domingo, 20 de abril de 2014


Brassica oleraceae

As I was growing up, paying a visit to the doctor was not a routine as common as it is today. Ailments like the flu, fever, ear aches and stomach pain were treated at home with the care of our mothers. Home remedies in those times were shared by relatives, neighbors and friends who always had a good piece of advice. For certain health problems, we would pay a visit to the local “curandeira” (healer) who had the right procedure for all sorts of diseases. These treatments were most of the time accompanied by some praying to speed the healing.

I remember once, my mother took me to the local “curandeira”, Mrs. Baptista, to treat me from “bucho virado”. The symptoms of this disease are sudden loss of appetite and vomiting. When children play, jumping can cause spasms in the diaphragm, which exert some pressure in the stomach and compromises digestion. The “curandeira” made me lay on a bed, she massaged my belly with olive oil and then placed a cabbage leaf on it and covered with a sheet. I don’t know for how long I had to stay still but I never forgot the memory of this mysterious environment.
The effectiveness of these treatments is today being reconfirmed by science. It is my goal to let people know why home medicine works and to make them realize that choosing the right food can make a big difference.

A smell of sulphur in the garden

The characteristic smell of garlic and cabbage is due to sulphur produced by plants in the cabbage and onion family. Many people dislike the smell of cooked cabbage because it reminds them of rotten eggs. When cooked, the sulphur in cabbage produces a gas called hydrogen sulfide which is responsible for the characteristic smell.

Vegetables from the brassica family have in common the presence of glucosinolates, which protect them against predators. Glucosinolates are essentially composed of sulphur and nitrogen. When animals chew the leaves, the glucosinolates are transformed into isothiocynates with a strong pungency to deter animals and insects. When we chew mustard seeds, we feel the pungency of mustard coming up through the nose and we can’t avoid sneezing. In Portugal we have a saying: “mustard got into my nose”. It means we are getting angry.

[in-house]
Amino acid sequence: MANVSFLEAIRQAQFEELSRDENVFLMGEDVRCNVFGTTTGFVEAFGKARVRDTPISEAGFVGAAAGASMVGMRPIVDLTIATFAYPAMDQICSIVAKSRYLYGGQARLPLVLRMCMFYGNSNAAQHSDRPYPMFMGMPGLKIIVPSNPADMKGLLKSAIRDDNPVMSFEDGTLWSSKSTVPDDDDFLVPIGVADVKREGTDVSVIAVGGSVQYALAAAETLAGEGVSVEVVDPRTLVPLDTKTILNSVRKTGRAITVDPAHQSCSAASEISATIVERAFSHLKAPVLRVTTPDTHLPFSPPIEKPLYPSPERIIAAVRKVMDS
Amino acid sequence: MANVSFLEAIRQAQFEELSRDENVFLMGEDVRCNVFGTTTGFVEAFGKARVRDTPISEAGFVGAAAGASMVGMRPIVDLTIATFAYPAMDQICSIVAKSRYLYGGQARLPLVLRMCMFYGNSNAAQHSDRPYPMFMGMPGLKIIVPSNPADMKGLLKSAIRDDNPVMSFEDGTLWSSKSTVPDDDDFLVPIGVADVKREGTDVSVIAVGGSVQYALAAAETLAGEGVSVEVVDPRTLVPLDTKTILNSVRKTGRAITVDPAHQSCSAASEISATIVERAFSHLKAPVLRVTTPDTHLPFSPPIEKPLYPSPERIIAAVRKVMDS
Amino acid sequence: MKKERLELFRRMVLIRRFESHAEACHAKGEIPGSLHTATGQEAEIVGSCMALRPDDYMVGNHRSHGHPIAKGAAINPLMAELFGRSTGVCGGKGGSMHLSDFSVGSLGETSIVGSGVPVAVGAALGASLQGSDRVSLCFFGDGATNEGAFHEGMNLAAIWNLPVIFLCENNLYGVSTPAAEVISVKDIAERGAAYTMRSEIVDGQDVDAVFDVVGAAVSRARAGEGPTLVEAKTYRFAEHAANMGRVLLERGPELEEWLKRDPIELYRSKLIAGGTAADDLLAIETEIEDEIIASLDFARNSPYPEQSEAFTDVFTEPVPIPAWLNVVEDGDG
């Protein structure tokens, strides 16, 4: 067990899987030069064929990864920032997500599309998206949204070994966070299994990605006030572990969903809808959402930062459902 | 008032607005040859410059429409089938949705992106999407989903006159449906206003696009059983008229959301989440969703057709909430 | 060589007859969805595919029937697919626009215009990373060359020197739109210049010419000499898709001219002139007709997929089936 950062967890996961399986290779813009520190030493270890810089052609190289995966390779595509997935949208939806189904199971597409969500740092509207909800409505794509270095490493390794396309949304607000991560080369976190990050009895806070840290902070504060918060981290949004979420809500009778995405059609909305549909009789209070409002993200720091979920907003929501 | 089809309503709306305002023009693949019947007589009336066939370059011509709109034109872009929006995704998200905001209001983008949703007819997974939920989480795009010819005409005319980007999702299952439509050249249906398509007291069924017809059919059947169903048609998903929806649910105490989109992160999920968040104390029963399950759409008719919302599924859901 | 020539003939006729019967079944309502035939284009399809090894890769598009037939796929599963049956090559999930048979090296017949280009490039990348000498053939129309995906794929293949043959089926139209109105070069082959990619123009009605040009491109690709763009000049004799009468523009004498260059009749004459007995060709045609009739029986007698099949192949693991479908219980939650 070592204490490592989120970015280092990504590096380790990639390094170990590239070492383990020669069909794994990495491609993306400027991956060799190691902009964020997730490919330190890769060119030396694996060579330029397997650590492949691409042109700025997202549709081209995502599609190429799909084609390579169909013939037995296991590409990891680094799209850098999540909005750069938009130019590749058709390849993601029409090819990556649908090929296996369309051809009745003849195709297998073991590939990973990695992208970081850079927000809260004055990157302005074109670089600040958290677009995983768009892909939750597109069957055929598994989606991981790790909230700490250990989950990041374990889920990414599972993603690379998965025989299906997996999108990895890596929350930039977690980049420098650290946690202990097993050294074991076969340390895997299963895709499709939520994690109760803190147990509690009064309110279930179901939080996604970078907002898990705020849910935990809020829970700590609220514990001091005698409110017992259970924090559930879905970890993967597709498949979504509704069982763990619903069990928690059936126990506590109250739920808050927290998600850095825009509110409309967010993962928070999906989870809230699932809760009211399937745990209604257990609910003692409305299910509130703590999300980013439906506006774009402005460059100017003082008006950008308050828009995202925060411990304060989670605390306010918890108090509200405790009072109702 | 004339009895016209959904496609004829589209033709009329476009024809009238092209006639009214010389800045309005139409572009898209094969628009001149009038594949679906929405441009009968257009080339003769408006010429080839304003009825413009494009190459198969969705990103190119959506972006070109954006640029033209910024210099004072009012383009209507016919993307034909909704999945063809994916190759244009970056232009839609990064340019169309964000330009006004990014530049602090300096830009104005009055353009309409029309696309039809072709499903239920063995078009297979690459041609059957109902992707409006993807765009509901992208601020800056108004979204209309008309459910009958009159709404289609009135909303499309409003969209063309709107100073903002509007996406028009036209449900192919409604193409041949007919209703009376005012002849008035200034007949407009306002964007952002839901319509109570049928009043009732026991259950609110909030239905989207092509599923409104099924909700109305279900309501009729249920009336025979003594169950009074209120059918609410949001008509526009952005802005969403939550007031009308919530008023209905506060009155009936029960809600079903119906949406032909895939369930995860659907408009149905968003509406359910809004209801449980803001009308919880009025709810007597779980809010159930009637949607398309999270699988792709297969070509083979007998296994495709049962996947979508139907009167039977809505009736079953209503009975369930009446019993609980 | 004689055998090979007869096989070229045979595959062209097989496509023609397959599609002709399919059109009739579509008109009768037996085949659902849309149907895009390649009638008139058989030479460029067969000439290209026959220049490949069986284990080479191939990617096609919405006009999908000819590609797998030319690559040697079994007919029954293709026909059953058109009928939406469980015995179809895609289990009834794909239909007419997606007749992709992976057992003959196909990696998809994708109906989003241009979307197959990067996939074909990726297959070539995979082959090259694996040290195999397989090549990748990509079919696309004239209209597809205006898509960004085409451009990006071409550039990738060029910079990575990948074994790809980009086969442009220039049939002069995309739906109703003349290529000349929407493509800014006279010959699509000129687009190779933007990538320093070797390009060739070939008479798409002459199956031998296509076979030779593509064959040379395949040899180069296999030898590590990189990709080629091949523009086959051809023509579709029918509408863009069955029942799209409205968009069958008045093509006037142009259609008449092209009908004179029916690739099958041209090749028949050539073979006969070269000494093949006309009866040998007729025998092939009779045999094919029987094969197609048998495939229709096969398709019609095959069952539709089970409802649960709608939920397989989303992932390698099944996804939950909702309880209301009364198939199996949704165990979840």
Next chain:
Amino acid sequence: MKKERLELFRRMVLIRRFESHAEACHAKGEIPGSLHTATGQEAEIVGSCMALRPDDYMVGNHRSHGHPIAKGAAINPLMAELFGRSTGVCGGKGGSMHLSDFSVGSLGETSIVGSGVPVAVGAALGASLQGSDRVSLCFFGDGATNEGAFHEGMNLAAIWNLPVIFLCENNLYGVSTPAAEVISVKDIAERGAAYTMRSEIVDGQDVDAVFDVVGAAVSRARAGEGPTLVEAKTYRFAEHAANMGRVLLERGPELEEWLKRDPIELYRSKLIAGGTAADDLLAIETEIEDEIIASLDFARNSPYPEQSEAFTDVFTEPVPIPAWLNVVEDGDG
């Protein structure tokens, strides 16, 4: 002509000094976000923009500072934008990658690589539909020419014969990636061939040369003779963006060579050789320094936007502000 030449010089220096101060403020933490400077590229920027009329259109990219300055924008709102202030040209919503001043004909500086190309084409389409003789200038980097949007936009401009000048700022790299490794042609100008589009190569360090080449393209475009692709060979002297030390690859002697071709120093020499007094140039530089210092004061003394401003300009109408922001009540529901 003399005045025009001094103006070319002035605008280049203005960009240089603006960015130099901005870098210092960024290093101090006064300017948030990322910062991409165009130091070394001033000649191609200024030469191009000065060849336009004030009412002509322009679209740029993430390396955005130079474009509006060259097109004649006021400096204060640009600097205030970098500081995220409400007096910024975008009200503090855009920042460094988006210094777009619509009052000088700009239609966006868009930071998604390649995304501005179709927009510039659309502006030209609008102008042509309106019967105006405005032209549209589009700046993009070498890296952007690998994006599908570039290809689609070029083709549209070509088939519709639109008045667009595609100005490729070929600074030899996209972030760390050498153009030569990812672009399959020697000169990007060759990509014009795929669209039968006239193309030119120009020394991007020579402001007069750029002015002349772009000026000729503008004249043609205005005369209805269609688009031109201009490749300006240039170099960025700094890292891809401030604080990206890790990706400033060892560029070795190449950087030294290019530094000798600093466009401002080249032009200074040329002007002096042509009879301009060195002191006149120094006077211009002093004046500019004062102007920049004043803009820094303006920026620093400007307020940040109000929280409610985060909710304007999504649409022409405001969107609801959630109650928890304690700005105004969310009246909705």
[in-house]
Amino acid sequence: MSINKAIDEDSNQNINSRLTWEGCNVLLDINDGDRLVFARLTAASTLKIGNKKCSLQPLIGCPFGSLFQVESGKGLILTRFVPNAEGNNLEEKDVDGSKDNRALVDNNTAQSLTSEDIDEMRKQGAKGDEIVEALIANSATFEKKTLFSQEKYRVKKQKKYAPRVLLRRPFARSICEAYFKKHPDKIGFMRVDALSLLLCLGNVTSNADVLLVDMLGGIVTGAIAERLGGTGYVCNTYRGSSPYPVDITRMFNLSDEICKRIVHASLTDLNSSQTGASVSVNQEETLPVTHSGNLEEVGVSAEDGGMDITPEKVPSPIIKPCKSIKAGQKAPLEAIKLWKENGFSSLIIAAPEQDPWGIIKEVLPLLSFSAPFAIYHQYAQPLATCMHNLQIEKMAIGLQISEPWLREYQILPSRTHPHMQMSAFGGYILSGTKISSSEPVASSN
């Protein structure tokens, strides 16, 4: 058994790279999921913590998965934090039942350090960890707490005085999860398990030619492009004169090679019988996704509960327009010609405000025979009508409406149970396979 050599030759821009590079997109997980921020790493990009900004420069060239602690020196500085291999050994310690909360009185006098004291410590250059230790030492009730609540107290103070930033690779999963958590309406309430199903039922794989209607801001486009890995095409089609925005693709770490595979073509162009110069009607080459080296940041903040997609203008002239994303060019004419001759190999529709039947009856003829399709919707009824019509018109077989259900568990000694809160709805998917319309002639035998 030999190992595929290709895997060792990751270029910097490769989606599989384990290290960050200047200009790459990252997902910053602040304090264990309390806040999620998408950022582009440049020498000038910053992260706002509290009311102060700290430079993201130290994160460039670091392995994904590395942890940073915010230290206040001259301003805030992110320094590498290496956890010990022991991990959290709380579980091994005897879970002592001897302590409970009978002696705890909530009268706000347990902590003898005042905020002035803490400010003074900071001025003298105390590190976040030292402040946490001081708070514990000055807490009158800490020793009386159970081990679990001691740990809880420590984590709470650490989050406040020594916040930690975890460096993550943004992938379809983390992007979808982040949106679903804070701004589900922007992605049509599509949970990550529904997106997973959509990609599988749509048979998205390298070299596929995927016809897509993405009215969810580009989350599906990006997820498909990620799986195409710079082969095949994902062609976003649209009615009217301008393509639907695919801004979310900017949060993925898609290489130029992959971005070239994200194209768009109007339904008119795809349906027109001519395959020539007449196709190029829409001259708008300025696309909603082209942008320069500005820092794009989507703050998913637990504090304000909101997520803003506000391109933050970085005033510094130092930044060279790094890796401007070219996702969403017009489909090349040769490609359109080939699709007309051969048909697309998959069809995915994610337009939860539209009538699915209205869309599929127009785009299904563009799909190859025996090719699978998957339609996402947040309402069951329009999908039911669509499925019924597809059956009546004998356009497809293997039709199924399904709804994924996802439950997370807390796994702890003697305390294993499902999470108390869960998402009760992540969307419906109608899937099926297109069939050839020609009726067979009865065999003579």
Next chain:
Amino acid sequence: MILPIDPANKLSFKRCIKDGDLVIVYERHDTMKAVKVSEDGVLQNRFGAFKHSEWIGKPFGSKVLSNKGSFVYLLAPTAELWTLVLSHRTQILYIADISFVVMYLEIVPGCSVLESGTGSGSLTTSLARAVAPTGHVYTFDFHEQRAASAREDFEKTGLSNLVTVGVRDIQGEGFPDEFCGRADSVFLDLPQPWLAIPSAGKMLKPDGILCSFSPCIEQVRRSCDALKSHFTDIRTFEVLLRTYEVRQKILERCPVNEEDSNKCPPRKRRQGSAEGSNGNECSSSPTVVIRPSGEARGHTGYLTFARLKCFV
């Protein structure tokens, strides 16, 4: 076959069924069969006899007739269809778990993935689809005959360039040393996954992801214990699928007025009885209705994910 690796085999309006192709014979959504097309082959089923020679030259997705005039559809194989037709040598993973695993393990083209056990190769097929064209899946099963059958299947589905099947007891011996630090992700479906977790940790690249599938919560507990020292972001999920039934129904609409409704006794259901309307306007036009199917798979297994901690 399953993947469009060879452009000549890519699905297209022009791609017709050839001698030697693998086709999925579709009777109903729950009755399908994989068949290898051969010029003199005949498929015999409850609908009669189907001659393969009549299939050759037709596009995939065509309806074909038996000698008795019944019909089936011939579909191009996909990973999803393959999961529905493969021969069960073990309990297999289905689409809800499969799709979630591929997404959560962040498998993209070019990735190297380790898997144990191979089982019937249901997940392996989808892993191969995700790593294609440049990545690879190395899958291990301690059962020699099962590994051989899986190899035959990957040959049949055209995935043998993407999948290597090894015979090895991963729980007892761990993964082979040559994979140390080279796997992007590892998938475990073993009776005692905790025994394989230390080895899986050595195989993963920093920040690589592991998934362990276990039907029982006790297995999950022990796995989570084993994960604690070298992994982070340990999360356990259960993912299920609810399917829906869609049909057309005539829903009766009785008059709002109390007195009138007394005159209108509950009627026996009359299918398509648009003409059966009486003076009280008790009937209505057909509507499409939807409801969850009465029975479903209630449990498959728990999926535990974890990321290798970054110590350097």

Brassica species produce more than 50 different isothiocyanates. Cabbage is the most common brassica used in our diet. The original cabbage didn’t form a head. It had loose leaves. Today, there are many varieties of cabbage, from ‘savoy’ with frilled leaves, to brussel sprouts and coli-flower. The glucosinolates produced by cabbages are called glucobrassicins. ‘Savoy’, mustard and coli-flower are some of the richest sources of glucobrassin. Indole-3 carbinol is the end product of glucobrassicin and it is well known as an effective treatment against diseases like lupus erythomatosus, breast, uterine and prostrate cancers. The white cabbage butterfly is particularly attracted to cabbages with glucobrassin which compels them to lay eggs on the leaves. 

Brussels sprouts’ glucosinolates produce PTC (Phenylthiocarbamine) which are particularly bitter. Different people have different perception of bitter tastes. About 30% (the super tasters) consider Brussels sprouts disgustingly bitter while the other 70% consider it a mild bitter.

Cabbage is considered a goitrogen herb and for that reason it is usually avoided by people suffering from goiter or hypothyroidism. Goitrin is a chemical produced by cabbages that reduces the use of iodine by the thyroid gland. This action happens only when big amounts of cabbage are eaten for a prolonged period of time. Otherwise, cabbage is safe and a very good source of many nutrients, minerals, amino acids and vitamins.

Cabbage juice is a very powerful cure for gastric ulcers, esophagitis and inflammations in the digestive system. This vegetable is a rich source of the amino acid glutamine that has been used with good results to cure this sort of ailments. Glutamine in old times was called the U vitamin because of its efficacy to cure ulcers.

A few years ago I had a very painful experience: an esophagitis that didn’t improve with the antacids and proton pump inhibitors prescribed by the doctor. For more than a year I had pain, acid reflux and tiredness. In despair, and reluctantly, I decided to drink cabbage juice as a last resort. To disguise the bitterness I mixed some apple juice to make it more palatable. I drunk it in small sips during the day and I felt a quick relief. It didn’t take long for the wound to heal.

To prepare the juice, choose a big dark green cabbage leave, discard the rib, add half an apple and a glass of water and mix in the blender. Sieve and drink in small sips during the day. This treatment should not last for more than 8 to 10 days. 

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